Members of a newly formed task force looking at ways to reduce power outages in the District said it might be wiser to bury power lines only in high-risk areas than shell out billions for a citywide project.
While city residents marked Thursday’s one-year anniversary of a rare earthquake that jolted the capital region, the 15-member panel used its first meeting to focus on a fierce windstorm that caused widespread damage in the city less than two months ago. The June 29 “derecho” caused widespread power outages that lasted for days while the mercury topped 100 degrees, prompting Mayor Vincent C. Gray to call for a “game-changer” while residents decried the city’s power utility, Pepco, and fretted over live wires downed by tree branches.
Downtown areas of the District, where lines are buried, sustained far fewer outages than the outer edges of the city and the suburbs. Task force officials said areas with dense tree coverage and overhead wires — particularly in wards 3, 4, 7 and 8 — remain especially vulnerable to outages.
Members noted the significant benefit to burying power lines in tree-lined neighborhoods but also said it would take longer to restore power when outages did occur.
The mayor’s task force is led by City Administrator Allen Lew and Pepco CEO Joe Rigby. Mr. Lew is known for his get-it-done attitude, and he said the underground project may be costly but that the price of failing to act would be more severe. He encouraged members to work collaboratively in spite of tensions that have marked the city’s relations with the utility in the past.
“We want everyone to be reading from the same script,” he said.
A large portion of the District’s power network is already underground, so “it isn’t a new phenomenon,” Mr. Gray said. About 65 percent, or 2,636 miles, of the city’s lines are buried, according to a presentation by Pepco.
But Pepco officials warned that customers who live in an area with underground lines might still experience storm-related outages because of damage along overhead portions of the distribution system that serves their homes. The panel can explore alternatives to putting lines underground to reduce the number of D.C. customers affected by storm-related outages and must submit a report to the mayor on its overall findings and recommendations by Jan. 31.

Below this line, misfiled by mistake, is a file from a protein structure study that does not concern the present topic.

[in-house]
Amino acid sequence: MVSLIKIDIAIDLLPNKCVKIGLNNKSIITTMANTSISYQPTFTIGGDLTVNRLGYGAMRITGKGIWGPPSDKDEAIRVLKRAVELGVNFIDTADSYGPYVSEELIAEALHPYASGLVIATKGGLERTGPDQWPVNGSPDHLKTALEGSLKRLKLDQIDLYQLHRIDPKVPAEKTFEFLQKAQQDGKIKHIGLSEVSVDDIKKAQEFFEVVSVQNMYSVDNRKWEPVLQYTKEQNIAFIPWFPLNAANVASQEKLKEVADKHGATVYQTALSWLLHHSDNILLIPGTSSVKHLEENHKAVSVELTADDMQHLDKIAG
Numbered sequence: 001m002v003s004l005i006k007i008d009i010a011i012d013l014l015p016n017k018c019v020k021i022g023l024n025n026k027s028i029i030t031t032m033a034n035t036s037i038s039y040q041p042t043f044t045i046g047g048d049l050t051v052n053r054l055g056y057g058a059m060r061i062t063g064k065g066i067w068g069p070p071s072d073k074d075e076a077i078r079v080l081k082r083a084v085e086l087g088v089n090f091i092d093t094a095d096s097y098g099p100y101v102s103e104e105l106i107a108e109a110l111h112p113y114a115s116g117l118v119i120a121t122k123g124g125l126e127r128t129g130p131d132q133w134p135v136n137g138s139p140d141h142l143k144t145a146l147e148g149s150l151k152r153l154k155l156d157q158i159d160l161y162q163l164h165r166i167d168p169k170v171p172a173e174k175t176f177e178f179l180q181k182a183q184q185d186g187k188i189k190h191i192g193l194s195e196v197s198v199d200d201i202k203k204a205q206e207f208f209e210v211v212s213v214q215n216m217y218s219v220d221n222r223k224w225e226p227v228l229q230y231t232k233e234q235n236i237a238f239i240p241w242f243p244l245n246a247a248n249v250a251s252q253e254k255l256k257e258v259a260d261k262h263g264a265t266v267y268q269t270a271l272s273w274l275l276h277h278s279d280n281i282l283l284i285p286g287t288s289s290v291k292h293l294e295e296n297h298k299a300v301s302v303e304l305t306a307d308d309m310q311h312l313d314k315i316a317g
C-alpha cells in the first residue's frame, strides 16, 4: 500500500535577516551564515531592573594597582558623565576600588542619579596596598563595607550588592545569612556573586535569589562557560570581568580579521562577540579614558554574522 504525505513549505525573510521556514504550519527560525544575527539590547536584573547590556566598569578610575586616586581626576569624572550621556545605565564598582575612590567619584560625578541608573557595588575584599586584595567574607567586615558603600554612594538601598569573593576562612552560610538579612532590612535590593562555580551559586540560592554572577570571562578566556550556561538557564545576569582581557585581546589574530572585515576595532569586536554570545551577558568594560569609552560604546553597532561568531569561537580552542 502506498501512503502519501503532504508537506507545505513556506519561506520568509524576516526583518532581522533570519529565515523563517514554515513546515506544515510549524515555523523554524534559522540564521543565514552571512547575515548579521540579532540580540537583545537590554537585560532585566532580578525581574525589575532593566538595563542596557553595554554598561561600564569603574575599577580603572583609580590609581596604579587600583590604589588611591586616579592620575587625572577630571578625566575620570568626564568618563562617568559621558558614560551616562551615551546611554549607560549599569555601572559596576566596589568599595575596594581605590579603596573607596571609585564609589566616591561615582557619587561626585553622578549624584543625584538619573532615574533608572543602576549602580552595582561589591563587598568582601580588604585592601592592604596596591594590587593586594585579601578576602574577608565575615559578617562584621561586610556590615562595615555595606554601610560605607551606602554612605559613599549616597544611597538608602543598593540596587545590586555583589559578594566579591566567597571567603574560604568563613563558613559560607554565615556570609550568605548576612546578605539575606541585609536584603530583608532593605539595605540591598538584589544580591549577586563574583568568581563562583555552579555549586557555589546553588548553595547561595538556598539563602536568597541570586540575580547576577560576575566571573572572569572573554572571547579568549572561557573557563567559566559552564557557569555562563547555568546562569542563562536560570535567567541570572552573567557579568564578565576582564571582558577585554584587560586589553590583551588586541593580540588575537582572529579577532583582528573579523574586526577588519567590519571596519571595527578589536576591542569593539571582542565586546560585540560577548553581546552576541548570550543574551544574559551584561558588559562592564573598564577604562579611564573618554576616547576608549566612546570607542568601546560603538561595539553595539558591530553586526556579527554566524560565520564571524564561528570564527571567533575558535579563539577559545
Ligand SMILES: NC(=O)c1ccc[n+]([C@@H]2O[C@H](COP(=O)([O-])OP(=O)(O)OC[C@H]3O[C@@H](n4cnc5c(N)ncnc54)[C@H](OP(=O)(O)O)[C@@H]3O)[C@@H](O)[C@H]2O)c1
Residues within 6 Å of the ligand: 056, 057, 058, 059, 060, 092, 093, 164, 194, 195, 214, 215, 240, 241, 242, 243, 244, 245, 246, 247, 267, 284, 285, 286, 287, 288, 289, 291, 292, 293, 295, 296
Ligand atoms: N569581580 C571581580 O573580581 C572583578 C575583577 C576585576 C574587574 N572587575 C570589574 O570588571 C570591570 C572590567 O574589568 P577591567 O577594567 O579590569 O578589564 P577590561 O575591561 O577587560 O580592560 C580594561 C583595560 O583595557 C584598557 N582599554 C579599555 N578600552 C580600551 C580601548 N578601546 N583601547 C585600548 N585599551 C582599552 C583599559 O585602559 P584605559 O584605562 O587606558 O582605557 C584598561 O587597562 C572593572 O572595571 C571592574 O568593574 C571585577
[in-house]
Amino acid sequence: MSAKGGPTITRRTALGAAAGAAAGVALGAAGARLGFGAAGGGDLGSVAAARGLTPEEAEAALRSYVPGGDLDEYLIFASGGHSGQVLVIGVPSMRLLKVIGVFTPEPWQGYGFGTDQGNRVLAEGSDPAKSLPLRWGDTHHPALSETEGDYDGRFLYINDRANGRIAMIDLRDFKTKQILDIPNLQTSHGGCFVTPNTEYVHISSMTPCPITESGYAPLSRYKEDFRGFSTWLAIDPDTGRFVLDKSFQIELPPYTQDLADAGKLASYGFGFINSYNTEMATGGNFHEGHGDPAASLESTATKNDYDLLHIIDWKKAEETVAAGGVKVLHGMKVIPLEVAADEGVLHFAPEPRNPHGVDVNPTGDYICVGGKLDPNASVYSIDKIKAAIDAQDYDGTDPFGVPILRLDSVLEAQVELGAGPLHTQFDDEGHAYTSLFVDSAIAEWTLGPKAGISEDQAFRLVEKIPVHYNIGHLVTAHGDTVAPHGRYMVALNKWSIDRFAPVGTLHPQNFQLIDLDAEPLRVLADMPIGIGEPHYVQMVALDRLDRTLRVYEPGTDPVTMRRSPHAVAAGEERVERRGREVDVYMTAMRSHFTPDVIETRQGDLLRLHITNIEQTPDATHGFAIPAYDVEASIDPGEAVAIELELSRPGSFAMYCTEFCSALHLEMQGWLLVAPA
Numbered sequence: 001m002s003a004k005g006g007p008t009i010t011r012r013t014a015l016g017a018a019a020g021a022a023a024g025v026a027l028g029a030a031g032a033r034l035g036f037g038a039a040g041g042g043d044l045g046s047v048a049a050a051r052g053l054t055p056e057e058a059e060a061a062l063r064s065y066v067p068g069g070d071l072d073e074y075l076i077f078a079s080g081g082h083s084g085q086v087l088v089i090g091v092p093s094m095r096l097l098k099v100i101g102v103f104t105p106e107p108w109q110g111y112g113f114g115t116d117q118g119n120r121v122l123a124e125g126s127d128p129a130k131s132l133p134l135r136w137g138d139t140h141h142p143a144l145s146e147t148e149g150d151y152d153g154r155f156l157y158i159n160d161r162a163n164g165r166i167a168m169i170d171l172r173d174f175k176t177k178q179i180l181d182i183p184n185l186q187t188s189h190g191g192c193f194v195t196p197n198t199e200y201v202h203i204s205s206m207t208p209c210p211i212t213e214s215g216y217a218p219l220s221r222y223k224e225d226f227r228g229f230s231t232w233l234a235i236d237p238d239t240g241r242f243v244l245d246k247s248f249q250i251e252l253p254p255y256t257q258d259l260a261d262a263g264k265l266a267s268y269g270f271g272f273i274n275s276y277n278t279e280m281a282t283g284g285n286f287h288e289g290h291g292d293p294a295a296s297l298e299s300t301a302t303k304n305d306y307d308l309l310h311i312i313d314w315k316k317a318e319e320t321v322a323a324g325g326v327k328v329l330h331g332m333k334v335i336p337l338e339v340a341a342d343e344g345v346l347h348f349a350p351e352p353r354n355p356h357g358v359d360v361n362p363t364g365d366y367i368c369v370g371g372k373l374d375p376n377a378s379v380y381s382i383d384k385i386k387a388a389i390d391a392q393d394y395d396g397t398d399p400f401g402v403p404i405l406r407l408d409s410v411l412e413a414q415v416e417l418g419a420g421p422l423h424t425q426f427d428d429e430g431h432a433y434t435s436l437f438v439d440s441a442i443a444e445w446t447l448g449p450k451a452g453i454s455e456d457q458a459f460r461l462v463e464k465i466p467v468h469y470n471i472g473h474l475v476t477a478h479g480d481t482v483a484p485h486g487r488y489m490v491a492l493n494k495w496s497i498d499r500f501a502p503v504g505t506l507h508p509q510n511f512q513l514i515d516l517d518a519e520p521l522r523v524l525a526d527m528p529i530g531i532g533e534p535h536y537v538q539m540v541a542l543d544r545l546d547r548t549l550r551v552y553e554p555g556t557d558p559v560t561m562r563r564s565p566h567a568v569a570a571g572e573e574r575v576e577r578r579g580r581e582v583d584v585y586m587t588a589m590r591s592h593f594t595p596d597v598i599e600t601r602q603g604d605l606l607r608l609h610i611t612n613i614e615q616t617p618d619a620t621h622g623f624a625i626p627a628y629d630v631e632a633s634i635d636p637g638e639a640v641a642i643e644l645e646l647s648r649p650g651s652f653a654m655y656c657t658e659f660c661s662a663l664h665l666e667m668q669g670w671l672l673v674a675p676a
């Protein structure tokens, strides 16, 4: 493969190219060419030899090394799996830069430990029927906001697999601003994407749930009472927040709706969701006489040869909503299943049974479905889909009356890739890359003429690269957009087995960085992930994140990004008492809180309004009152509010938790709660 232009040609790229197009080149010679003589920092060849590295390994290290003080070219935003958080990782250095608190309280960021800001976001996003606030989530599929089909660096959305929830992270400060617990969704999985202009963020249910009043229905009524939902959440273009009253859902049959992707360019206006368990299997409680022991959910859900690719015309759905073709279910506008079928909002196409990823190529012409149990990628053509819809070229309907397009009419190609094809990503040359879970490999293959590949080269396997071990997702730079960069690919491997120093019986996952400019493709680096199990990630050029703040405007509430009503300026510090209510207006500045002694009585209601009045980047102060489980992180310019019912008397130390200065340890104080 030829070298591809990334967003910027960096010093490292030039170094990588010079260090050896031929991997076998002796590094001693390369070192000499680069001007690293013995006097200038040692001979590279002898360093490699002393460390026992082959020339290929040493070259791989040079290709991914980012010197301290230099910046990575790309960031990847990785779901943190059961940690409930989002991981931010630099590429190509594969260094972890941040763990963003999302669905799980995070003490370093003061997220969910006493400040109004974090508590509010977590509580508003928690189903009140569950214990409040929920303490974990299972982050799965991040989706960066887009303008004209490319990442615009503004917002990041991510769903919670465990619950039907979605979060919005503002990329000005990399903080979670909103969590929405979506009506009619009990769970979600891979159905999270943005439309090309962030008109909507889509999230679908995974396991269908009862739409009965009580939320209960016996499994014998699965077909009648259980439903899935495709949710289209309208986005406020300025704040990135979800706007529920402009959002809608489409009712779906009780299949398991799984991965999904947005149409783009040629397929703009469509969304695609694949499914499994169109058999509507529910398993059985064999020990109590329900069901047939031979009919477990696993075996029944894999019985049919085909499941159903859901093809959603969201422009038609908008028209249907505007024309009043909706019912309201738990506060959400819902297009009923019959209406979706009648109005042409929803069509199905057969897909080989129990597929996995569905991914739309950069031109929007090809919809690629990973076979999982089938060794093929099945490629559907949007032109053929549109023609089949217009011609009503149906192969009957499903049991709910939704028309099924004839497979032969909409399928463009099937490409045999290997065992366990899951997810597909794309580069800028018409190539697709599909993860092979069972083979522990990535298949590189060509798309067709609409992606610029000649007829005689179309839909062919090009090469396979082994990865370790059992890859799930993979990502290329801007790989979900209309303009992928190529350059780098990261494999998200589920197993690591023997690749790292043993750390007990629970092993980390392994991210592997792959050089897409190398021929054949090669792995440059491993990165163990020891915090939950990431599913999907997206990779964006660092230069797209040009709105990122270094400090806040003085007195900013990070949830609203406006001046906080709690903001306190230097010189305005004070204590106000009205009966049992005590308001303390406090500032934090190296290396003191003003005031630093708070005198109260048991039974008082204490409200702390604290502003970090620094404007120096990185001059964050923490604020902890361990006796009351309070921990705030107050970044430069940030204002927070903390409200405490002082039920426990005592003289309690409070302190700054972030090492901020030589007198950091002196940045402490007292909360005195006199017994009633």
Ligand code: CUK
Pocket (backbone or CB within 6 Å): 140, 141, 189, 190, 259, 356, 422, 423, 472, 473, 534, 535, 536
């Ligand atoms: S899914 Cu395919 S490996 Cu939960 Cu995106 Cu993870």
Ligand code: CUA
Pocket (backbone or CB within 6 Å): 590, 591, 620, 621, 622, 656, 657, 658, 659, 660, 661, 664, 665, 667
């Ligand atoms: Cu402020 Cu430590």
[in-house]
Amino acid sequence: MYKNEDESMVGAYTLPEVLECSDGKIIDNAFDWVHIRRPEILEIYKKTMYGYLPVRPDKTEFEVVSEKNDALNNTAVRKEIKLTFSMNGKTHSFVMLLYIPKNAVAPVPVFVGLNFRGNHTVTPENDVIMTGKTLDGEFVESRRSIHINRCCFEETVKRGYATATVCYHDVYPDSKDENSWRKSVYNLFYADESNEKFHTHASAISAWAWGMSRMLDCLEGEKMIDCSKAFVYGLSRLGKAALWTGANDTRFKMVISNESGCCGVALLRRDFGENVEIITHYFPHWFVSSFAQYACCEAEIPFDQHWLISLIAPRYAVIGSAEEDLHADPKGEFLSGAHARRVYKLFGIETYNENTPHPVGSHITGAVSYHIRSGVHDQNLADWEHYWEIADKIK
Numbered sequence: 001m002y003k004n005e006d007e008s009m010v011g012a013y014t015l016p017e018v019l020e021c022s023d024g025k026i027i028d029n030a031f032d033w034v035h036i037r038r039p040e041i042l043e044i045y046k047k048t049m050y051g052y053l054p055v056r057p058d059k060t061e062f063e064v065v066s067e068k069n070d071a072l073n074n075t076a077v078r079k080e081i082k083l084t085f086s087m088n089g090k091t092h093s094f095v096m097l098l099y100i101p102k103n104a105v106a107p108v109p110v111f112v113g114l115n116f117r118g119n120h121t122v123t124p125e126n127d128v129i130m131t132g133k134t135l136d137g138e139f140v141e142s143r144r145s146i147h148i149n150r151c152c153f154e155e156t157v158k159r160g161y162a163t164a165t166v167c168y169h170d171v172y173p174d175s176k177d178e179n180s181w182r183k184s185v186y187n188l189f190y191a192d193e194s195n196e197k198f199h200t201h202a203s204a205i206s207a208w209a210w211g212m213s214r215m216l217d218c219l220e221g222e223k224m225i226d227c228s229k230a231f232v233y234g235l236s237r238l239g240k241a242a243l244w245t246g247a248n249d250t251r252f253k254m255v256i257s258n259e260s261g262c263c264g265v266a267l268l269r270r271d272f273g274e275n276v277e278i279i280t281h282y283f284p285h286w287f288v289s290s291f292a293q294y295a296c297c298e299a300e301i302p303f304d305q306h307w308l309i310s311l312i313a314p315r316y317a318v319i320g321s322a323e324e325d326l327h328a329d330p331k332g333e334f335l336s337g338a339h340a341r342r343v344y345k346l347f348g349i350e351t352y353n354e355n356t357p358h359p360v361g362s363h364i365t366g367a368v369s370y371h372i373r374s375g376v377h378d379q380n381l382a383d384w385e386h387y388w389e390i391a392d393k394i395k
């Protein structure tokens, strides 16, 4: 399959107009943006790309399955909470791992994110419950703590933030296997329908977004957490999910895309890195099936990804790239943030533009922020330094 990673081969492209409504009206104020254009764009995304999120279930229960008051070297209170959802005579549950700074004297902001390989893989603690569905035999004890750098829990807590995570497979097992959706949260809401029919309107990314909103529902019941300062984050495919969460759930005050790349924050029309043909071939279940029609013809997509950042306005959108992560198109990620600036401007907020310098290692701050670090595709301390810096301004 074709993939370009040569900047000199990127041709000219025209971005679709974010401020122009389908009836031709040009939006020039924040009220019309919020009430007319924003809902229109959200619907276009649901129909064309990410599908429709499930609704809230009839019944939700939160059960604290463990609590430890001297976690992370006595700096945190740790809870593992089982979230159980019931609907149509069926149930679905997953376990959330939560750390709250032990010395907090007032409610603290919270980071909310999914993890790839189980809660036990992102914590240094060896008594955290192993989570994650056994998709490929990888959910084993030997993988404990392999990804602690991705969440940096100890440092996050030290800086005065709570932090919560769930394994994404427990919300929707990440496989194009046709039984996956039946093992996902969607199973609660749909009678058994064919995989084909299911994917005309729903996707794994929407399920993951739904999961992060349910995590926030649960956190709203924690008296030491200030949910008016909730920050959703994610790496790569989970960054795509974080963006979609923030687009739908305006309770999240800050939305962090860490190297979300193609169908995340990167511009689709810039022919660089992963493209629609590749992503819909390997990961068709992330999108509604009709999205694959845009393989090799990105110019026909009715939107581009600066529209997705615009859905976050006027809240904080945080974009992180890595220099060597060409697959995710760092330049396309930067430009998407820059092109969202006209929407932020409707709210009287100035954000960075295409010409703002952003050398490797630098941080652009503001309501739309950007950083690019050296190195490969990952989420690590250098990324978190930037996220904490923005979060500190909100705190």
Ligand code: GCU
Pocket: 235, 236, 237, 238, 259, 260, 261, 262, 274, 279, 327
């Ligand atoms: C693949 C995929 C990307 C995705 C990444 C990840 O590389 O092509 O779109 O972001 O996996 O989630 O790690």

A 2010 study that examined other cities’ attempts to bury their lines found it makes more sense, in a cost-benefit analysis, to target areas, said Betty Ann Kane, chairman of the D.C. Public Service Commission. She said a citywide program would likely land on “the cost side, rather than benefit.”
The District also could bury select lines along its power distribution paths, totaling $1.1 billion for primary lines, $2.3 billion for primary lines and “laterals,” and $5.8 billion for the whole system, according to 2010 figures. Task force members also pointed to construction and streetscape projects as an ideal time to bury lines.
Among ways to pay for the project, customers could pay higher rates or pay a surcharge for a specific period, Ms. Kane said.
Pepco provides power to about 788,000 customers in the District and Maryland. The derecho hit the Pepco service area shortly after 10 p.m. June 29 and knocked out power to nearly 500,000 Pepco customers, 85 percent of them in Maryland. Pepco said the peak outage for D.C. customers was nearly 76,000 the day after the storm.
“We really have serious problems, and we need to solve them,” said Matt Frumin, a resident member of the task force from Ward 3.
The first three public witnesses to speak at the meeting said the current situation should not give Pepco carte blanche to cut away wide swaths of the city’s tree canopy.
Bill Chip, who spoke on behalf of the Massachusetts Avenue Heights Citizens Association, said the destruction of the trees near his home reduced shade and increased his electric bill when he had to turn up his air conditioning.
“From Pepco’s standpoint, that’s a great result, right?” he said.